3 April 2014 Marriott International, the largest publicly traded hotel chain in the United States, said on Tuesday that it would continue its expansion into African markets as it completed its R2.02-billion (approximately US$200-million) acquisition of South Africa’s Protea Hospitality Holdings. The transaction makes Marriott the largest hotel company in the Middle East and Africa region, and Africa’s biggest hotel company by number of rooms in operation or under construction. Marriott’s new Protea portfolio consists of 10 148 rooms in seven African countries, with 79 hotels in South Africa and 37 hotels in Malawi, Namibia, Nigeria, Tanzania, Uganda and Zambia. The company said its pipeline of new hotels in the Middle East and Africa, including Protea’s pipeline, was now more than 65 hotels and 14 300 rooms, including more than 20 hotels and 3 000 rooms in Sub-Saharan Africa. “We have 25 Marriott brand hotels under construction in seven countries in Africa that will come on stream over the next four years,” Alex Kyriakidis, Marriott’s president for the Middle East and Africa, told news agency Bloomberg. “With our existing hotels plus those in the pipeline and those Protea operates today, we will be in 16 countries in Africa by 2017.” “Today marks a new beginning,” Marriott CEO Arne Sorenson told a press briefing on Tuesday. “We can now officially say ‘Molweni!’ [Xhosa], ‘Sawubona!’ [Zulu] and ‘Hello!’ to South Africa and ‘Welcome!’ to our approximately 15 000 new associates at both managed and franchised hotels across Protea’s portfolio.” Kyriakidis, citing a World Bank forecast for sub-Saharan Africa to grow at a more than 5 percent through 2015, added: “With the addition of Protea’s regional knowledge, expertise and infrastructure, we are incredibly well-positioned to continue growing in one of the fastest expanding economic markets in the world.” SAinfo reporter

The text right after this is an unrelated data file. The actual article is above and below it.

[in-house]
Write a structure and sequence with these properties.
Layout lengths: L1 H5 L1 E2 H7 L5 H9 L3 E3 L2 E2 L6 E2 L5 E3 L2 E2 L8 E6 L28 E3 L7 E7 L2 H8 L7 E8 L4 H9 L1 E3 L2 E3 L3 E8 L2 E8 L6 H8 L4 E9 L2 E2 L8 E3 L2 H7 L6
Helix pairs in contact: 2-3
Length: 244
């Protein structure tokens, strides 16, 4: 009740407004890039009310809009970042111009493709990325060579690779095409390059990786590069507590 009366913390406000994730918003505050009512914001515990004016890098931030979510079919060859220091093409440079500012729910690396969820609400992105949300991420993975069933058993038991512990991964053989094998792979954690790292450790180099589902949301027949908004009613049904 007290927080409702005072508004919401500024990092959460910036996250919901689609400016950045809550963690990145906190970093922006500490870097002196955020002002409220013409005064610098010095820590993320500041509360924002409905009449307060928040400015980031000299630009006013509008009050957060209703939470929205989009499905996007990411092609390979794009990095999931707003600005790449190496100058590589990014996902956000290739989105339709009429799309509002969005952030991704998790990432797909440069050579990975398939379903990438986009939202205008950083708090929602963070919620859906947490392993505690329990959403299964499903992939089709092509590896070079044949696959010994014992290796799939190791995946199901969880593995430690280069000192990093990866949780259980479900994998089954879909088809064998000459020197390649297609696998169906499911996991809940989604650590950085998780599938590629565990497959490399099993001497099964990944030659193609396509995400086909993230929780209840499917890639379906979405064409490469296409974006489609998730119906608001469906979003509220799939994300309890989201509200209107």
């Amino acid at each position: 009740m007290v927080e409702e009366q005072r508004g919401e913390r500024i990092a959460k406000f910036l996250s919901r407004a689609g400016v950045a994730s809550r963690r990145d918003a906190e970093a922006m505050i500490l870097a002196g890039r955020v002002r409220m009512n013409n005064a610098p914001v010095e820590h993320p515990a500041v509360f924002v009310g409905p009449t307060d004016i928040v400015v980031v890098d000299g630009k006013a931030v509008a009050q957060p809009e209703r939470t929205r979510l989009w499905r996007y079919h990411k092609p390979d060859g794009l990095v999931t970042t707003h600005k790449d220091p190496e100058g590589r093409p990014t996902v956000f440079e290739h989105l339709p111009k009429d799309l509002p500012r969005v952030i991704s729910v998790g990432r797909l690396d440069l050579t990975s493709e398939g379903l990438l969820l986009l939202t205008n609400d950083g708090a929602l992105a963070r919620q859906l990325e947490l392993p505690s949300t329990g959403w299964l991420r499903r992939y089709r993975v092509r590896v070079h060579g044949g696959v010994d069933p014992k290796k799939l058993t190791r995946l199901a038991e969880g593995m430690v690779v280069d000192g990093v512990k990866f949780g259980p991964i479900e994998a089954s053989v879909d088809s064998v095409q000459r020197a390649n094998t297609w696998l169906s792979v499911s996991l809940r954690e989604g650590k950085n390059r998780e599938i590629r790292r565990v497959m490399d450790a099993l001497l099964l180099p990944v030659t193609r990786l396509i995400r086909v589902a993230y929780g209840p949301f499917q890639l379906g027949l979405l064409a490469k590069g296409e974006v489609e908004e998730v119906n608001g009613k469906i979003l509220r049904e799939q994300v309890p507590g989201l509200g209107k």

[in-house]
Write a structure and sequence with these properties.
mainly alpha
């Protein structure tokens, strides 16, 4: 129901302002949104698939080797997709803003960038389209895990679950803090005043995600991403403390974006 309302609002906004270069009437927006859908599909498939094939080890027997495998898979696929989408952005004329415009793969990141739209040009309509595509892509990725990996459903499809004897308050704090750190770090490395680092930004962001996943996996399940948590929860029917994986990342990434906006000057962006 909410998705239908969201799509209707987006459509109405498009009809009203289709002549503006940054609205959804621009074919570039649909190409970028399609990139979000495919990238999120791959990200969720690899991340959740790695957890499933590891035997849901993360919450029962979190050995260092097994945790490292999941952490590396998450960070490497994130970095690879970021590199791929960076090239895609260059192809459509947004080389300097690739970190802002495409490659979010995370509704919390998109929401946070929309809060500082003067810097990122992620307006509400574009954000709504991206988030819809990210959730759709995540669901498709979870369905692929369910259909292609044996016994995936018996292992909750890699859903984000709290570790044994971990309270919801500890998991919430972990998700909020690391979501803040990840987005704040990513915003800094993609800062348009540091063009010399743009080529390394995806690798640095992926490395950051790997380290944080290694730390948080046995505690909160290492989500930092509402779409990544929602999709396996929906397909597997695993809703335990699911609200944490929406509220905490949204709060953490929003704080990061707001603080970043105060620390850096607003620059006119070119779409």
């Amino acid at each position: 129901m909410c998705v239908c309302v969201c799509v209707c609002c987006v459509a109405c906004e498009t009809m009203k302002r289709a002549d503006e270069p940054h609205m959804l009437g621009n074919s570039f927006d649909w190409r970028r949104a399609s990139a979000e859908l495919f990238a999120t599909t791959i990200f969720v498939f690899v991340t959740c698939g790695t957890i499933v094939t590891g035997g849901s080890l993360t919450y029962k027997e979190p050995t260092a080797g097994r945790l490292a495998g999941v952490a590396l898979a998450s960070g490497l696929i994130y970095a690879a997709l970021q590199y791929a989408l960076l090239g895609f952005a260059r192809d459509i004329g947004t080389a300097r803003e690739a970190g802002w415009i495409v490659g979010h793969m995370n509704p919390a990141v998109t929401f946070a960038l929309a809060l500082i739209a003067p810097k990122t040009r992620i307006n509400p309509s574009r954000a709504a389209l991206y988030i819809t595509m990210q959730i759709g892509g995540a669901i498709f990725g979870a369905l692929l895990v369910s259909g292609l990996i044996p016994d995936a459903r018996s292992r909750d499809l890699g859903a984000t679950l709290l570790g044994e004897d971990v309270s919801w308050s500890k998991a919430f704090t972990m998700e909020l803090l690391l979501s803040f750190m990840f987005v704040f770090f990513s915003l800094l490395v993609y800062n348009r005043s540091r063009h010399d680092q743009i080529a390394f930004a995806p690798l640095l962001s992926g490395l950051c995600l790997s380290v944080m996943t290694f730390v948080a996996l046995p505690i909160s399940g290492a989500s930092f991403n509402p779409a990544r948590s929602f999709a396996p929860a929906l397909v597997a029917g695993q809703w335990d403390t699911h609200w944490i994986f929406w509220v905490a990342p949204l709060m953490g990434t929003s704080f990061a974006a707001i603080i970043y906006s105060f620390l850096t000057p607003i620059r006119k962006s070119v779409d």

Brittle stars are included within a whole range of species, which contribute to knowledge in the medically important area of tissue regeneration. All brittle stars regenerate lose limbs, but the rate at which this occurs is highly variable and species-specific. One of the slowest rates of arm regeneration reported so far is that of the Antarctic Ophionotus victoriae. Additionally, O. victoriae also has an unusual delay in the onset of regeneration of about 5 months. Both processes are of interest for the areas of regeneration biology and adaptation to cold environments. One method of understanding the details of regeneration events in brittle stars is to characterise the genes involved. In the largest transcriptome study of any ophiuroid to date, we describe the results of mRNA pyrosequencing from pooled samples of regenerating arms of O. victoriae. The sequencing reads resulted in 18,000 assembled contiguous sequences of which 19% were putatively annotated by blast sequence similarity searching. We focus on the identification of major gene families and pathways with potential relevance to the regenerative processes including the Wnt/β-catenin pathway, Hox genes, the SOX gene family and the TGF beta signalling pathways. These data significantly increase the amount of ophiuroid sequences publicly available and provide candidate transcripts for the further investigation of the unusual regenerative process in this Antarctic ophiuroid.